In October 2021, Dunham's weight became a discussion topic once more, when distributed photos of her wedding indicated that the actor and filmmaker appeared heavier than she had been during the making of "Girls." Dunham explained that she had in fact gained weight, and that it was a very good thing. "The pics I'm being compared to are from when I was in active addiction with undiagnosed illness," Dunham wrote on Instagram. "I've gotten sober and begun my life as someone who aspires toward health and not just achievement."

Anthony Michael Hall

Anthony Michael Hall is probably still best known for his first major roles during the 1980s. In a series of films written and/or directed by John Hughes, teenaged Hall played undersized, scrawny high school-age dweebs, geeks, and nerds, like Rusty Griswold in "Vacation," Farmer Ted in "Sixteen Candles," Gary in "Weird Science," and Brian Johnson in "The Breakfast Club" — one of the best films mostly set in a single room. Following a brief stint on "Saturday Night Live," Hall returned to film in the late '80s and early '90s, suddenly playing the opposite of those quintessential movie nerds: muscle-bound athletes and bullies in films like "Johnny Be Good" and "Edward Scissorhands."

Ever since, Hall has continued to portray mostly jacked tough guys and imposing authority figures. The shift in roles came from a shift in appearance. After those nerdy parts, Hall gained a lot of weight and he filled out, acquiring a lot of muscle. "There was a horrific rumor that was going around about steroids," Hall said on an America Online live chat in 1998. "The weight gain was natural."

Courteney Cox

Figuring into the lesser-known part of Bruce Springsteen's life as a dancing fan in the "Dancing in the Dark" music video, Courteney Cox forged a career as one of the most prolific and quintessential sitcom stars in TV history. Following a recurring role on "Family Ties" as the first love of Alex P. Keaton (Michael J. Fox), Cox became one of the most famous people on the planet for her 10-season role as fastidious chef Monica Geller on "Friends." Cox then went on to anchor "Cougar Town" for six seasons.

The shape of Cox's face changed over time, and the actor blames her use of treatments and procedures. "It's a domino effect. You don't realize that you look a little off, so then you keep doing more, 'cause you look normal to yourself," Cox said on the podcast "Gloss Angeles" (via the Los Angeles Times) in 2023. Cox admitted that over her time in the spotlight she perhaps over-utilized dermal fillers, inserted under the skin to ease wrinkles and add plumpness. "Thinking that I was getting older when I was really young, that's just a bummer," Cox said. "I messed up a lot, and luckily I was able to reverse most of that. And now I'm just older."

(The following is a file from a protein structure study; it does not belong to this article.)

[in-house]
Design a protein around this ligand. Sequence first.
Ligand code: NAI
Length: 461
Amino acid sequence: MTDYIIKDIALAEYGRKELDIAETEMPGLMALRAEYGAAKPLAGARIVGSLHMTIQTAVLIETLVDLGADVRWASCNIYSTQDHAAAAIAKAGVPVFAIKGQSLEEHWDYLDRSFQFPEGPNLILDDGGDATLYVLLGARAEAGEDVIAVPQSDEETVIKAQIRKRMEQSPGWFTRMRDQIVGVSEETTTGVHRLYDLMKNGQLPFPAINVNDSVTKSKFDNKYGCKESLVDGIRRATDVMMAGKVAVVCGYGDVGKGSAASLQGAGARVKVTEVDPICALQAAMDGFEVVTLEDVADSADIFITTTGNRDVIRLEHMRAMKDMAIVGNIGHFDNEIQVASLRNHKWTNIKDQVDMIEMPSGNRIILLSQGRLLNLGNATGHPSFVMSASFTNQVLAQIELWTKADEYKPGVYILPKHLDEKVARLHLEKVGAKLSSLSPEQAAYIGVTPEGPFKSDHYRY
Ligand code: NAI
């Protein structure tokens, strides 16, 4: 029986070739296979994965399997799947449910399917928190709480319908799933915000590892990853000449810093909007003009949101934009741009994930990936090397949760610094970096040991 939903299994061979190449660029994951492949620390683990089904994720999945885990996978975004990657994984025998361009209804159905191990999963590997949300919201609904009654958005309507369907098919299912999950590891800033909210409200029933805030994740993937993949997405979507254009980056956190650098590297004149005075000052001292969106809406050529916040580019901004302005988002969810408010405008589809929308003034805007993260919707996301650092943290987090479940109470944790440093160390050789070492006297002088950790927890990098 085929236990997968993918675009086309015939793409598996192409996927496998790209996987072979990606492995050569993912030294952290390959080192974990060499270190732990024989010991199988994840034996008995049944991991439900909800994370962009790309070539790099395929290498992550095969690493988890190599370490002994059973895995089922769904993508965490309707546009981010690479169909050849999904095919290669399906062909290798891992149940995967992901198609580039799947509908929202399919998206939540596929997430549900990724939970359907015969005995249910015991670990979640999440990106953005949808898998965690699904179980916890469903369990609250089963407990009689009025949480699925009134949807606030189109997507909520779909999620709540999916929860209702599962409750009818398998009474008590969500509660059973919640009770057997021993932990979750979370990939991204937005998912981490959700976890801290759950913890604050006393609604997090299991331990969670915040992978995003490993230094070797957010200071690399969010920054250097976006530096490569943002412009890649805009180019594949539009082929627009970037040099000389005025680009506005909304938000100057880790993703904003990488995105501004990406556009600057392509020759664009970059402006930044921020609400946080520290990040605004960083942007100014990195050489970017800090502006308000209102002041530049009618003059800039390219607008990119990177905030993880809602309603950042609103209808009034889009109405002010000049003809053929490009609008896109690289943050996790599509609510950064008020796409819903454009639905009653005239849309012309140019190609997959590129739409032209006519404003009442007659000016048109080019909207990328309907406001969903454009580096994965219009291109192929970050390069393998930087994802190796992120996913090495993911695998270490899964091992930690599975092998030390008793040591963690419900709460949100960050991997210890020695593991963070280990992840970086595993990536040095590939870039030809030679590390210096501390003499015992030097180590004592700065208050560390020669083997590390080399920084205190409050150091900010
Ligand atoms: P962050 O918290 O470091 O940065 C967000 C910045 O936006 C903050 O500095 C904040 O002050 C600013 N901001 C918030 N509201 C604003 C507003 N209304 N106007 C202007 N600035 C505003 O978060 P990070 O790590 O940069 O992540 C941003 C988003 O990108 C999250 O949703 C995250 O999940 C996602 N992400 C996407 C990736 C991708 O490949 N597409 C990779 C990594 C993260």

Delta Burke

Before she was an actor, Delta Burke dominated her local beauty pageant circuit. In a realm where extreme svelteness was the expectation, Burke weighed 110 pounds, a number achieved through the use of sketchy amphetamines. "My mother kept finding me draped over shrubbery or chairs because I'd pass out," Burke told The New York Times about her early adulthood, when she was named Miss Florida and competed to be Miss America. In 1986, 30-year-old Burke began a stint as former beauty queen Suzanne Sugarbaker on the sitcom "Designing Women." At the time, she weighed 145 pounds; when she left the show in 1991, following harsh press attention and one of the biggest scandals to hit CBS — the amphetamines had stopped being effective — Burke's weight approached 200 pounds.

Years of obsessing over her weight culminated in binge eating and weight gain, which brought out depression and anxiety. But, utilizing therapy and medication, Burke owned her changing body, writing "Delta Style: Eve Wasn't a Size 6 and Neither Am I!" and launching a line of plus-size clothing for women. "I thought: This is the size I am. I don't want to be this, but I don't know that I'll ever lose it, and if that's the case, I might as well come to terms with it." The actor also admitted to some cosmetic surgery, undergoing a lift procedure to remove fat pouches on her face.